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Curiosity can be Compelling

Did curiosity really kill the cat, or instead made its life successful?

Curiosity—defined as a penchant for seeking new experiences, knowledge, and feedback and an openness to change.  Claudio Fernández-Aráoz et al.

Maintaining our curiosity keeps us from judging others.  Conflict is often caused through the perspective that our personal view is correct, and others are wrong.  Curiosity can suspend this often-unfounded belief.  Improving communication in teams or groups.

Through our search for answers and different perspectives, we can make life easier apart from not coming to blows with others.  Using appropriate questions can unlock an unthought of solution.

Curiosity improves decision making because it reduces our susceptibility to stereotypes and to confirmation bias; it fuels employee engagement and collaboration; and it fortifies organizational resilience by prompting creative problem solving in the face of uncertainty and pressure. In short, curiosity boosts business performance. Adi Ignatius


Dealing with Difficulty

Complexity needs our curiosity.  With so much achieved by humans, complexity has become increasingly evident.  Dealing with complexity means that often we approach it with a sense of overwhelm.  Taking time to unpack, to break it down into

With changing circumstances, curiosity can stop us from expecting tomorrow to be the same as today.  Failing to make assumptions or take things for granted makes new people valuable to the team.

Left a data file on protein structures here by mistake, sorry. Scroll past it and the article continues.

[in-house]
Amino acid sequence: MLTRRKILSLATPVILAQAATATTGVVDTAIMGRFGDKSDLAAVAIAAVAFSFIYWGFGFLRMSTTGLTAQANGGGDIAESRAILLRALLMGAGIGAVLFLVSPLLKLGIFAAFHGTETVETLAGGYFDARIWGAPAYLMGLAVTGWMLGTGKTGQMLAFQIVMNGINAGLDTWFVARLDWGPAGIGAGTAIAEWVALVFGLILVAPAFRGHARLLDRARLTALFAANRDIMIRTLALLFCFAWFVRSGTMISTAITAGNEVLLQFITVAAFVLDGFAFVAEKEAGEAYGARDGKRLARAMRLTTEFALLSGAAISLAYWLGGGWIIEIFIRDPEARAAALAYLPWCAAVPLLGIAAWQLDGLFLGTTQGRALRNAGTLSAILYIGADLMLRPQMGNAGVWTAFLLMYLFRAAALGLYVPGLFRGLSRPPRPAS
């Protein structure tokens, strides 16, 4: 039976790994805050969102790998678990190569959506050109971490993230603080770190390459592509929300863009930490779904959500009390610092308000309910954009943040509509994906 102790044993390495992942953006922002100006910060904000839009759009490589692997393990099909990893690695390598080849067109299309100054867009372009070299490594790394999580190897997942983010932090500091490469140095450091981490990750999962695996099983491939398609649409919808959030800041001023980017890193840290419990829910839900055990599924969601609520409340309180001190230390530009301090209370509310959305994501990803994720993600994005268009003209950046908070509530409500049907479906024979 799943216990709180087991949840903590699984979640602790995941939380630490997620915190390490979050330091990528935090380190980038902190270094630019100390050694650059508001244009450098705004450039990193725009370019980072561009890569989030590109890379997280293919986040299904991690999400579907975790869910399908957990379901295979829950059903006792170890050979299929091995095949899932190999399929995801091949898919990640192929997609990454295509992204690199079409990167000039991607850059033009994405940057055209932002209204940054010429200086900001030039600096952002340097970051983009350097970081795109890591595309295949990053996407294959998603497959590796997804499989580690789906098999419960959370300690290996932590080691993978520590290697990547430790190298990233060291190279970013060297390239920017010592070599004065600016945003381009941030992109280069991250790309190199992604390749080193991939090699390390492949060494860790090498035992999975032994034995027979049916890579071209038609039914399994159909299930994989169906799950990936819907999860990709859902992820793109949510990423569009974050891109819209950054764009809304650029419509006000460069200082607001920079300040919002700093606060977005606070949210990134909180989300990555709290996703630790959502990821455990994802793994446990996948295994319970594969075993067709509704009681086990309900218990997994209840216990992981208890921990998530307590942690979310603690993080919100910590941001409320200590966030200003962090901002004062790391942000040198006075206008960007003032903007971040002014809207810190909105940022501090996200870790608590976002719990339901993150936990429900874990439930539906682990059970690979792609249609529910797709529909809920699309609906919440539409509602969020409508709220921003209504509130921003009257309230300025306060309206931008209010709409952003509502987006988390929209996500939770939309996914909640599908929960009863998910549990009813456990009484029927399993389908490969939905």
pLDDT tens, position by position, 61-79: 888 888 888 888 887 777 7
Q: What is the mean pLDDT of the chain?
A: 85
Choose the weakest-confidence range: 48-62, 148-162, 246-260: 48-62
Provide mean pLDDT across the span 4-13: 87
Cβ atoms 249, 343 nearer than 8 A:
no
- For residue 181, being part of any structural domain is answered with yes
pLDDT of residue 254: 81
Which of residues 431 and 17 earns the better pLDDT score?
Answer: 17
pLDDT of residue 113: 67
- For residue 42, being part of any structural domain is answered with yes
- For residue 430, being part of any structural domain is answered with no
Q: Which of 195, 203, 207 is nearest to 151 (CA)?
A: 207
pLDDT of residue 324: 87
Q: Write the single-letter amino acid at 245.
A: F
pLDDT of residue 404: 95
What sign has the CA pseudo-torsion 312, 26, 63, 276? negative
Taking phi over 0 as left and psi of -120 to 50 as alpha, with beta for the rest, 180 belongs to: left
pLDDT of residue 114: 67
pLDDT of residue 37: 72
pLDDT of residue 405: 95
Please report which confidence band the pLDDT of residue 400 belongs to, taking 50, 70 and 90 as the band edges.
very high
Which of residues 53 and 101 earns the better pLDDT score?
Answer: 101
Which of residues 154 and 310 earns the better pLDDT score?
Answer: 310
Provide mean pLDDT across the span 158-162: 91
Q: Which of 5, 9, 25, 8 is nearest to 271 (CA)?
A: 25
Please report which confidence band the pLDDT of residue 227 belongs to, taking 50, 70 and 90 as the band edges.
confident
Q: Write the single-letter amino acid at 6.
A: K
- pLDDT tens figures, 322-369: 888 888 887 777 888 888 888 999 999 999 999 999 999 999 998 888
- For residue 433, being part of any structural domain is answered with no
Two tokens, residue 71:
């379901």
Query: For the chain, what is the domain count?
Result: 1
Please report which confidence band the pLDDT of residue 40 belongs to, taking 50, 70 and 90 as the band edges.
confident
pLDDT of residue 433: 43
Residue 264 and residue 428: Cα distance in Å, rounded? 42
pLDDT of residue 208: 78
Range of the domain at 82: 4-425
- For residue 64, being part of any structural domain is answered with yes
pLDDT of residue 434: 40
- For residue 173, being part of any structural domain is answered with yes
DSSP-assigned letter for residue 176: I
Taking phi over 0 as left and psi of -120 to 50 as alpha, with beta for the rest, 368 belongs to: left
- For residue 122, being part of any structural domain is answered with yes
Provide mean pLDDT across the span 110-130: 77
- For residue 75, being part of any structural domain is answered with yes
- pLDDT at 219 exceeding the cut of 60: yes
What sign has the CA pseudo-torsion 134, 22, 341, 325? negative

Todd B. Kashdan and colleagues, in their excellent research Why Curiosity Matters, found five drivers of curiosity:

  1. Identifying a gap in what we know which drives us to find a solution or understanding,
  2. The joy of learning, perhaps our native state, like children, relishing in discovery,
  3. Socialising and listening to others, exposing us to their ideas and perspectives,
  4. Tension in considering the uncertainty of what we don’t know,
  5. Risk taking, like gambling against the odds on an outcome.


So, curiosity can be compelling for us to develop, especially as in many cultures, there does exist a strong positive correlation exists between curiosity and competence in executives (Fernández-Aráoz et al).

How can a renewed sense of openness help you, being relieved of the need to know the answer, the best course of action or indeed to be right?

HBR did an excellent series of articles in September–October 2018.

Photo credit: Hasse Lossius on Unsplash.


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